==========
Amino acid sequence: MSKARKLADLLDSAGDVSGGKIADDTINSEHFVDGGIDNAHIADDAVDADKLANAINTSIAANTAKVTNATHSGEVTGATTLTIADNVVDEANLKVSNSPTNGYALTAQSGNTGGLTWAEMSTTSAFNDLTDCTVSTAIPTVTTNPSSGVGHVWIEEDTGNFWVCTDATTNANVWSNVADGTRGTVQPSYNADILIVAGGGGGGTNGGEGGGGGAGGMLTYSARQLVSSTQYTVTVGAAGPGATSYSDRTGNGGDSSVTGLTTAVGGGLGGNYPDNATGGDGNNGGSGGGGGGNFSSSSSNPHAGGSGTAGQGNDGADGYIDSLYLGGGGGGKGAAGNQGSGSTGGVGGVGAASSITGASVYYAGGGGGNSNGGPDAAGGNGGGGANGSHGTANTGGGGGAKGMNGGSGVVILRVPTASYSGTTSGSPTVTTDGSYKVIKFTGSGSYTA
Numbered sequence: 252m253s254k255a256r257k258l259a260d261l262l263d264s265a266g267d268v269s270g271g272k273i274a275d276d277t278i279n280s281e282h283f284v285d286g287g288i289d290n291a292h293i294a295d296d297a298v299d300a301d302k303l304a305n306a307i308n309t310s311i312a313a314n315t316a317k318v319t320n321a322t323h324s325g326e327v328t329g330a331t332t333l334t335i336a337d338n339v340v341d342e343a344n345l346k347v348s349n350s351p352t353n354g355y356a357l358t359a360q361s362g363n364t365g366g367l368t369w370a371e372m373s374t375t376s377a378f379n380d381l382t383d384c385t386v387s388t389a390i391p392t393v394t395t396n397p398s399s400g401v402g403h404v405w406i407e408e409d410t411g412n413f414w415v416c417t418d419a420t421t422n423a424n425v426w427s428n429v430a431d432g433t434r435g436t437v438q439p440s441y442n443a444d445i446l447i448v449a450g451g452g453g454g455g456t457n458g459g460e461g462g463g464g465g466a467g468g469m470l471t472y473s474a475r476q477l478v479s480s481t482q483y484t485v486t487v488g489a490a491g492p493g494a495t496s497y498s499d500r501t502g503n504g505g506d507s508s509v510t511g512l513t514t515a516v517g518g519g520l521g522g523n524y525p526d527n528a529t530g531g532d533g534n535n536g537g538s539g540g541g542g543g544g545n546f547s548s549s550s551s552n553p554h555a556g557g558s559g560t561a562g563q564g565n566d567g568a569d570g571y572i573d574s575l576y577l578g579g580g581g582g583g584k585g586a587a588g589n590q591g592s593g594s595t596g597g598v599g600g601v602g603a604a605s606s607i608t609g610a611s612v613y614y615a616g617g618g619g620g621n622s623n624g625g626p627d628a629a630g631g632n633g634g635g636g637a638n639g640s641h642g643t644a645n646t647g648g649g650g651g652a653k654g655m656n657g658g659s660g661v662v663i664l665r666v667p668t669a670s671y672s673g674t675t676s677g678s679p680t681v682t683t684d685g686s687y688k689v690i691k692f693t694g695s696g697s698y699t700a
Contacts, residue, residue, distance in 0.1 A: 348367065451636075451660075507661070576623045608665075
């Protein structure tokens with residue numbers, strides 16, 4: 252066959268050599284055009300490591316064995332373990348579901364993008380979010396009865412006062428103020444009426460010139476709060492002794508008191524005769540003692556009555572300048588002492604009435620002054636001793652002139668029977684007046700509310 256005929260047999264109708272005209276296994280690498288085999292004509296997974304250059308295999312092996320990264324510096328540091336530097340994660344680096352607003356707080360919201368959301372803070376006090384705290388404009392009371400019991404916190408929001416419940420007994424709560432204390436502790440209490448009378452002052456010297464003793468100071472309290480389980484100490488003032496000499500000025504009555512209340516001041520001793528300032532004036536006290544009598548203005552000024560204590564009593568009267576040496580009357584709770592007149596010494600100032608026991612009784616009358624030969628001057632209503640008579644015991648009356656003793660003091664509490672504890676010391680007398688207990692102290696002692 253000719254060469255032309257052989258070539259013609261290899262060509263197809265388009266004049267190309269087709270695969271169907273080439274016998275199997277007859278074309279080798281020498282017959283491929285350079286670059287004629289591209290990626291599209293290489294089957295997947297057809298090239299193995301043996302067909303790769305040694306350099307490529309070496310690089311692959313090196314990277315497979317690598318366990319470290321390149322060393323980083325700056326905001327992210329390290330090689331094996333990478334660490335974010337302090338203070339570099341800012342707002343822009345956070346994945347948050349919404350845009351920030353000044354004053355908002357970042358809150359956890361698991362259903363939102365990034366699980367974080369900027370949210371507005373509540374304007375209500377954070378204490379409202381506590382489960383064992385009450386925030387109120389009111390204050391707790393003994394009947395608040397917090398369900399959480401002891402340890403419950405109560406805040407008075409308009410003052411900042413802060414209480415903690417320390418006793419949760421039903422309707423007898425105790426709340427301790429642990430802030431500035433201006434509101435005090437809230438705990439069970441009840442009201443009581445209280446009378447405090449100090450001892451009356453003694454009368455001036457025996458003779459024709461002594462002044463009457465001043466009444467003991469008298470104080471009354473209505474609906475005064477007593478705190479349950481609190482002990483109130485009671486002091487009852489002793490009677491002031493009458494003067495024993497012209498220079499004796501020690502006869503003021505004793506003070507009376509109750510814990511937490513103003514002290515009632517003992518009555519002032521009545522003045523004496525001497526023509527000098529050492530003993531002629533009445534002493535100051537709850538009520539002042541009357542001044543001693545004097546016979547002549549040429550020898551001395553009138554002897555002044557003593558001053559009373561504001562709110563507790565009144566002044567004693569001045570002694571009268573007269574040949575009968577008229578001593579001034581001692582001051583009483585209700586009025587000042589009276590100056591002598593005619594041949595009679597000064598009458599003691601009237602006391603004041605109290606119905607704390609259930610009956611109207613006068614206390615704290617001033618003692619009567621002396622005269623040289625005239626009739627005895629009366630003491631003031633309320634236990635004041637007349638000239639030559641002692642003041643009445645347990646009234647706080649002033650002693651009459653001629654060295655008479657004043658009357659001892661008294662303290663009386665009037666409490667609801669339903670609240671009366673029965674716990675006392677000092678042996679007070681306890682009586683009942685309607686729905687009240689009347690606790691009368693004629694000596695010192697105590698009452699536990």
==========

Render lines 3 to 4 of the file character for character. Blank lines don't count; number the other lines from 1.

Contacts, residue, residue, distance in 0.1 A: 348367065451636075451660075507661070576623045608665075
């Protein structure tokens with residue numbers, strides 16, 4: 252066959268050599284055009300490591316064995332373990348579901364993008380979010396009865412006062428103020444009426460010139476709060492002794508008191524005769540003692556009555572300048588002492604009435620002054636001793652002139668029977684007046700509310 256005929260047999264109708272005209276296994280690498288085999292004509296997974304250059308295999312092996320990264324510096328540091336530097340994660344680096352607003356707080360919201368959301372803070376006090384705290388404009392009371400019991404916190408929001416419940420007994424709560432204390436502790440209490448009378452002052456010297464003793468100071472309290480389980484100490488003032496000499500000025504009555512209340516001041520001793528300032532004036536006290544009598548203005552000024560204590564009593568009267576040496580009357584709770592007149596010494600100032608026991612009784616009358624030969628001057632209503640008579644015991648009356656003793660003091664509490672504890676010391680007398688207990692102290696002692 253000719254060469255032309257052989258070539259013609261290899262060509263197809265388009266004049267190309269087709270695969271169907273080439274016998275199997277007859278074309279080798281020498282017959283491929285350079286670059287004629289591209290990626291599209293290489294089957295997947297057809298090239299193995301043996302067909303790769305040694306350099307490529309070496310690089311692959313090196314990277315497979317690598318366990319470290321390149322060393323980083325700056326905001327992210329390290330090689331094996333990478334660490335974010337302090338203070339570099341800012342707002343822009345956070346994945347948050349919404350845009351920030353000044354004053355908002357970042358809150359956890361698991362259903363939102365990034366699980367974080369900027370949210371507005373509540374304007375209500377954070378204490379409202381506590382489960383064992385009450386925030387109120389009111390204050391707790393003994394009947395608040397917090398369900399959480401002891402340890403419950405109560406805040407008075409308009410003052411900042413802060414209480415903690417320390418006793419949760421039903422309707423007898425105790426709340427301790429642990430802030431500035433201006434509101435005090437809230438705990439069970441009840442009201443009581445209280446009378447405090449100090450001892451009356453003694454009368455001036457025996458003779459024709461002594462002044463009457465001043466009444467003991469008298470104080471009354473209505474609906475005064477007593478705190479349950481609190482002990483109130485009671486002091487009852489002793490009677491002031493009458494003067495024993497012209498220079499004796501020690502006869503003021505004793506003070507009376509109750510814990511937490513103003514002290515009632517003992518009555519002032521009545522003045523004496525001497526023509527000098529050492530003993531002629533009445534002493535100051537709850538009520539002042541009357542001044543001693545004097546016979547002549549040429550020898551001395553009138554002897555002044557003593558001053559009373561504001562709110563507790565009144566002044567004693569001045570002694571009268573007269574040949575009968577008229578001593579001034581001692582001051583009483585209700586009025587000042589009276590100056591002598593005619594041949595009679597000064598009458599003691601009237602006391603004041605109290606119905607704390609259930610009956611109207613006068614206390615704290617001033618003692619009567621002396622005269623040289625005239626009739627005895629009366630003491631003031633309320634236990635004041637007349638000239639030559641002692642003041643009445645347990646009234647706080649002033650002693651009459653001629654060295655008479657004043658009357659001892661008294662303290663009386665009037666409490667609801669339903670609240671009366673029965674716990675006392677000092678042996679007070681306890682009586683009942685309607686729905687009240689009347690606790691009368693004629694000596695010192697105590698009452699536990």